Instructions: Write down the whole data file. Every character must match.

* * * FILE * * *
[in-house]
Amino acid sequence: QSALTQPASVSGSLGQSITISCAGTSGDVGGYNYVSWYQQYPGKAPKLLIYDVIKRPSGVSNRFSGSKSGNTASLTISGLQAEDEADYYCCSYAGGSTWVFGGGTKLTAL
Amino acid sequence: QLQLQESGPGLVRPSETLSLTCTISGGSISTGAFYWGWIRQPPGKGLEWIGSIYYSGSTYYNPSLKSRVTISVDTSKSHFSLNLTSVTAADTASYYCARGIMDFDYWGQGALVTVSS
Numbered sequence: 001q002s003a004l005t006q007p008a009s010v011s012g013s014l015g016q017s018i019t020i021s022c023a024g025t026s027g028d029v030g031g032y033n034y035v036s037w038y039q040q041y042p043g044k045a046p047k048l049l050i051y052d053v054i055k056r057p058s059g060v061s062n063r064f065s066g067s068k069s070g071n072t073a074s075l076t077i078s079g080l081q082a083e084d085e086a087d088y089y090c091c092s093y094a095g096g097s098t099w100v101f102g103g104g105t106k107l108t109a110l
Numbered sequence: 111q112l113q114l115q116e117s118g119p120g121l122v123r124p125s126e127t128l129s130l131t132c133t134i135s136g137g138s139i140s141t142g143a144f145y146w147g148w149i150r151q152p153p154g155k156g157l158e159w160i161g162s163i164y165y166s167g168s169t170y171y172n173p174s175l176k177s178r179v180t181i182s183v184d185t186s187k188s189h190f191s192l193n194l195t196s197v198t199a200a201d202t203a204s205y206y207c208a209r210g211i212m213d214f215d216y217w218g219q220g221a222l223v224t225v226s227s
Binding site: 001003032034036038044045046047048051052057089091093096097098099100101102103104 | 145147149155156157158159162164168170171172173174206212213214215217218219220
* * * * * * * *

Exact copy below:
[in-house]
Amino acid sequence: QSALTQPASVSGSLGQSITISCAGTSGDVGGYNYVSWYQQYPGKAPKLLIYDVIKRPSGVSNRFSGSKSGNTASLTISGLQAEDEADYYCCSYAGGSTWVFGGGTKLTAL
Amino acid sequence: QLQLQESGPGLVRPSETLSLTCTISGGSISTGAFYWGWIRQPPGKGLEWIGSIYYSGSTYYNPSLKSRVTISVDTSKSHFSLNLTSVTAADTASYYCARGIMDFDYWGQGALVTVSS
Numbered sequence: 001q002s003a004l005t006q007p008a009s010v011s012g013s014l015g016q017s018i019t020i021s022c023a024g025t026s027g028d029v030g031g032y033n034y035v036s037w038y039q040q041y042p043g044k045a046p047k048l049l050i051y052d053v054i055k056r057p058s059g060v061s062n063r064f065s066g067s068k069s070g071n072t073a074s075l076t077i078s079g080l081q082a083e084d085e086a087d088y089y090c091c092s093y094a095g096g097s098t099w100v101f102g103g104g105t106k107l108t109a110l
Numbered sequence: 111q112l113q114l115q116e117s118g119p120g121l122v123r124p125s126e127t128l129s130l131t132c133t134i135s136g137g138s139i140s141t142g143a144f145y146w147g148w149i150r151q152p153p154g155k156g157l158e159w160i161g162s163i164y165y166s167g168s169t170y171y172n173p174s175l176k177s178r179v180t181i182s183v184d185t186s187k188s189h190f191s192l193n194l195t196s197v198t199a200a201d202t203a204s205y206y207c208a209r210g211i212m213d214f215d216y217w218g219q220g221a222l223v224t225v226s227s
Binding site: 001003032034036038044045046047048051052057089091093096097098099100101102103104 | 145147149155156157158159162164168170171172173174206212213214215217218219220